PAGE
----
But that hasn’t stopped the analogy. It makes its ways into the graffiti that covers the wall portion of the barrier and into the language of activists like Roger Waters. The Pink Floyd front man performed his rock opera “The Wall” along the remnants of the Berlin Wall in 1990 to celebrate reunification. And now he talks of tearing down this wall. “It may be a lot harder to get this one down, but eventually it must happen,” Waters recently said.
There are good reasons to hate the wall, but Waters seems confused. Palestinians understand what the separation barrier really is, what it means: another form of land grab. The barrier was built not along the 1967 green line, but in such a way that it makes incursions into the West Bank, including large settlement blocs on Israel’s side, sometimes cutting Palestinians communities in half or depriving them access to their fields. That’s probably the most factual sense in which the wall represents oppression.
Most Palestinians might not have a problem at all with a wall that ran directly along the green line. But the slogan, “move the wall over to the green line” is not quite as resonant as singing along with Pink Floyd to “tear down the wall.”
The separation barrier draws its meaning not out of its specificity but because it is a wall, and at the most basic level, walls are physical manifestations of power — from the Great Wall of China to Hadrian’s Wall to — yes — the Berlin Wall. Regardless of who they keep out or keep in, they stand in for the state that put them there and the power that state wields over individual lives.
But there’s a flip side. This also makes them very good sites for opposing power, for making what would otherwise be nebulous and hard to illustrate quite literally concrete.
It’s difficult to make checkpoints dramatic. But a wall is a wall. It is imposing, a colossal structure only a state could build and that insists on its existence. You can also throw things it at. It can become a canvas for expressing all that is crushing and inhumane about state power, especially when forced on unwilling non-citizens. And the Palestinians seem to understand this, either consciously or viscerally, giving them a huge weapon in the battle of international public opinion, which might be the only battle that really counts when it comes to this conflict.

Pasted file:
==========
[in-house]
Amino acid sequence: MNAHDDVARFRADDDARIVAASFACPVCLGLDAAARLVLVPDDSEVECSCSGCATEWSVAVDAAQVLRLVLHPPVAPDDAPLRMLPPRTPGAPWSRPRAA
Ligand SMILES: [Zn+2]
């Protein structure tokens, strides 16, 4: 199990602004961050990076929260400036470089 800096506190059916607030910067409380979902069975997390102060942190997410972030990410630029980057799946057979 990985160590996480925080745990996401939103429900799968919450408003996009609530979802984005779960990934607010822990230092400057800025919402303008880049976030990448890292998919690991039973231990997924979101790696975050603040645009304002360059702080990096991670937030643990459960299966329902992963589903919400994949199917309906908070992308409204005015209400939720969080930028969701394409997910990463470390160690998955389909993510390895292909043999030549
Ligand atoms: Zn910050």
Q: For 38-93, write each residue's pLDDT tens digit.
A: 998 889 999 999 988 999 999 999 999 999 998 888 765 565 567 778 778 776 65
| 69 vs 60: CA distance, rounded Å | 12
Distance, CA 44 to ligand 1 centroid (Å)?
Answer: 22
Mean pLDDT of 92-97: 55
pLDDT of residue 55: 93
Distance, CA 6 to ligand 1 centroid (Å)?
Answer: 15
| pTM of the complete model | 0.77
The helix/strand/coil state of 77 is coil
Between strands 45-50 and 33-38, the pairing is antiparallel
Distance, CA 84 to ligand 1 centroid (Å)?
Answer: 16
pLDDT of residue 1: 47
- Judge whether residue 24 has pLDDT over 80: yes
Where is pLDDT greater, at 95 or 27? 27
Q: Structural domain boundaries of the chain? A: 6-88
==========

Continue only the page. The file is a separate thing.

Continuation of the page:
It doesn’t matter that this wall shouldn’t really be compared to other walls. A wall is a wall. The portion of the barrier where Francis stood to pray was covered in graffiti. And just above his head in black spray paint were scrawled the words in broken English: “Bethlehem look like Warsaw Ghetto.”
This is absurd and repugnant to most of us. How can anyone possibly compare a wall constructed by Nazis to pen in Jews eventually headed to mass slaughter with the concrete slabs that skirt Bethlehem? And yet, it persuaded the pope to stop his car.
Gal Beckerman is the Forward’s opinion editor and writes a regular column about the media. Contact him at email@example.com or on Twitter @galbeckerman
Gal Beckerman is the Forward’s Opinion Editor. He was previously an assistant editor at the Columbia Journalism Review where he wrote essays and media criticism. His book reviews have appeared in The New York Times Book Review and Bookforum. Beckerman was also the New York bureau chief of the Jerusalem Post during the Lebanon War of 2006. He spent 2008 living in Berlin on an Alexander von Humboldt fellowship. His history of the movement to free Jews from the Soviet Union during the Cold War, “When They Come for Us, We’ll Be Gone: The Epic Struggle to Save Soviet Jewry,” was published in the fall of 2010 by Houghton Mifflin Harcourt. “When They Come for Us, We’ll Be Gone” was named the 2010 Jewish Book of the Year, receiving a National Jewish Book Award from the by Jewish Book Council. In 2012, he won the Sami Rohr Prize for Jewish Literature. Contact Gal Beckerman at firstname.lastname@example.org, or follow him on Twitter at @galbeckerman